Italian Senate votes to lift right-wing leader’s immunity
ROME (AP) — The Italian Senate voted by a large margin Wednesday to allow the prosecution of right-wing opposition leader Matteo Salvini for making 131 rescued migrants to remain on a coast guard vessel for days when he was Italy’s interior minister.
Salvini’s fellow senators let stand a Senate commission’s vote to lift his immunity as a lawmaker so Italy’s Tribunal of Ministers can decide if he effectively held the migrants hostage last summer.
The Senate vote fell 84 short of the number needed to overturn its commission’s decision on Salvini’s immunity last month. Salvini insisted during Wednesday’s pre-vote debate that he would be proud to stand trial for defending Italy’s borders, but senators from his anti-migrant League skipped the vote.
Once the tally was announced, he immediately compared himself to impeached U.S. President Donald Trump, who has called the investigations during his presidency as the work of Democratic opponents and vindictive political enemies on the left.
“I, like Trump?” Salvini tweeted. ”He has a few more billions and a few more years, but it’s a bad little habit of the left, going around in the world, to try to win by judicial means.”
As interior minister, Salvini launched a crackdown on unauthorized migration, blaming migrants for crime and other problems. His policies, which included denying migrant rescue ships access to Italian ports, brought his euroskeptic League party support at home and criticism abroad.
“I want to be proud of what I did, with my head held high,” Salvini told reporters as the Senate debated his fate earlier Wednesday. He added: “Our Constitution says that protecting our homeland is a holy duty for Italian citizens.”
Politicians from Premier Giuseppe Conte’s ruling coalition have contended Salvini wants to boost his popularity among voters by casting himself as a martyr.
Opinion surveys have pegged Salvini as one of Italy’s most popular leaders. However, a trial before the Tribunal of Ministers could derail his ambitions to put the League back in power and to become Italy’s premier; conviction carries a prison sentence of six months to 15 years.
Senators from Salvini’s party on a Senate commission granted their leader’s wishes and voted last month in favor of lifting his immunity, paving the way for Wednesday’s debate and vote by the full Senate.
Salvini professed confidence in the “neutrality” of magistrates “because I believe that what I have done was in the interest of the Italian people.”
Prosecutors in Sicily investigated Salvini for alleged kidnapping for keeping 131 rescued migrants aboard an Italian coast guard vessel for six days last summer. Similar standoffs played out in the Mediterranean Sea during the anti-immigration stance Salvini took as interior minister.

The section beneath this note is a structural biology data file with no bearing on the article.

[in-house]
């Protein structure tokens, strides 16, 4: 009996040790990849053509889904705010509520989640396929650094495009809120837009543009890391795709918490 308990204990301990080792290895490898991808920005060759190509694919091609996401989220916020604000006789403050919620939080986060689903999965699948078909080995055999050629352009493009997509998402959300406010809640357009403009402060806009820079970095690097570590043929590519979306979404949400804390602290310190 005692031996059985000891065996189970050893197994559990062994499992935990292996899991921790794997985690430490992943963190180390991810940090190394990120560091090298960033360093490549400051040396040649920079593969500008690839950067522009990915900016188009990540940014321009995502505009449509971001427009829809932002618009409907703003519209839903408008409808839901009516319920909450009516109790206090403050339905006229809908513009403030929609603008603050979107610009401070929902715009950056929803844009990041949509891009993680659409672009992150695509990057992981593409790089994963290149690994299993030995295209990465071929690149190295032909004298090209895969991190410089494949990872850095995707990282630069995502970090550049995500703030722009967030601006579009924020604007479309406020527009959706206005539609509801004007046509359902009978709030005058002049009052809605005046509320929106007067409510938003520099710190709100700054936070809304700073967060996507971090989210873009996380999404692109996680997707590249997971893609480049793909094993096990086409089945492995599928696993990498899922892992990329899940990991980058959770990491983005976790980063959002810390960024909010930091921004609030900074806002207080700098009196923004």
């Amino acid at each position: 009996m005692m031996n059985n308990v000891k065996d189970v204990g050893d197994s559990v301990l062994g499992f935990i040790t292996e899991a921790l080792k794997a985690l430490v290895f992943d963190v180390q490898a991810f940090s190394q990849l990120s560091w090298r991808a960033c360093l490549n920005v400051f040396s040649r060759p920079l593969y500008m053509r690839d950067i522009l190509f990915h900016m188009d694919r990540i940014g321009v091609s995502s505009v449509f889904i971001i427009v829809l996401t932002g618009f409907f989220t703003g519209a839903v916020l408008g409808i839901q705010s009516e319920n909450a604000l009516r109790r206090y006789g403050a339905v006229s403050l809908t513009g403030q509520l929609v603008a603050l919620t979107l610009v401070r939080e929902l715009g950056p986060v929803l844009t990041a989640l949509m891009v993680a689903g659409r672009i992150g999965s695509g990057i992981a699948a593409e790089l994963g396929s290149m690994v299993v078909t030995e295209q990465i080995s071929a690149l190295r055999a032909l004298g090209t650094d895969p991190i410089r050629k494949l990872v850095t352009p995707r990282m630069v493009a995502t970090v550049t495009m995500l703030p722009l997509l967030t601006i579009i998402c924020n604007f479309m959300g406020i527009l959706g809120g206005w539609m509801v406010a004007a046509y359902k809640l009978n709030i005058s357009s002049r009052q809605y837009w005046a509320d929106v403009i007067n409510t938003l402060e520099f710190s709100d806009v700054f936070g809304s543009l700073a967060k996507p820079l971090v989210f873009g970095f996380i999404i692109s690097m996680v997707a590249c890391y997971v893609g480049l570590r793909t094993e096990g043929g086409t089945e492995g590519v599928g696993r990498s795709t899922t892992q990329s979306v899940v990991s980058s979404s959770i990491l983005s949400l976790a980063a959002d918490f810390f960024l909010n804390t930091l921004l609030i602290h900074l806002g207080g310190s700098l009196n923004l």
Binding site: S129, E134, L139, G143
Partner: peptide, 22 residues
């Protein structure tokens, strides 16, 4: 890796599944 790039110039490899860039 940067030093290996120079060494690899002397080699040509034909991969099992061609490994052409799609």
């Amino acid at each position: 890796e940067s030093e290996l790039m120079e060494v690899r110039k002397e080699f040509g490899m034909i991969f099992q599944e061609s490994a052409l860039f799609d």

An even more dramatic case will come before the Senate’s immunity commission later this month. That one involves Salvini’s refusal to let around 100 migrants disembark from the Spanish rescue ship Open Arms for three weeks. That standoff ended when Sicilian prosecutors ordered the evacuation of the migrants from the ship to land.
In March 2019, when Salvini was still interior minister and his party in government, the Senate immunity commission voted against lifting his immunity in still another case involving migrants held aboard a different Italian coast guard vessel.
In the case pondered by the Senate on Wednesday, migrants had been transferred to the Italian coast guard vessel after some of them were rescued by a cargo boat, while others were taken from their unseaworthy boat by an Italian border patrol vessel. Libya-based human traffickers launch boats crowded with Europe-bound migrants.
Sicilian prosecutors eventually shelved the case, but another judicial body decided to proceed. The Tribunal of Ministers handles cases involving alleged misdeeds government ministers performed while carrying out their official duties.
Curiously, twice in the past decade, that same tribunal absolved previous interior ministers of wrongdoing in the cases involving migrants.
Salvini’s League is now in the opposition after he pulled his party out of Premier Giuseppe Conte’s first government in August in a failed bid for an early election.
By insisting last month on shedding his parliamentary immunity, Salvini gambled he’d win sympathy votes for the League, which was trying to break a decades-long hold by the left in a Jan. 26 regional election in the northern region of Emilia-Romagna. But the gamble backfired, at least in the short run, with his party failing to pull off victory.
Supporting Salvini in the Senate debate Wednesday was a fellow opposition senator from ex-premier Silvio Berlusconi’s center-right Forza Italia party.
“Italians are on the side of Salvini” for trying to stop illegal immigration, Sen. Daniela Santanche said. A tax fraud case cost Berlusconi his own Senate seat once, and the media mogul has contended that the left-leaning magistrates use their powers to try to ruin careers of conservative politicians.
In the debate, another opposition senator, Emma Bonino, from the tiny More Europe party, mocked Salvini’s arguments that he was protecting Italians from danger.
“Was Italy at risk of being invaded by an Italian military ship? Was state security threatened by Italian sailors and by shipwrecked foreigners who were asking to disembark?” Bonino said.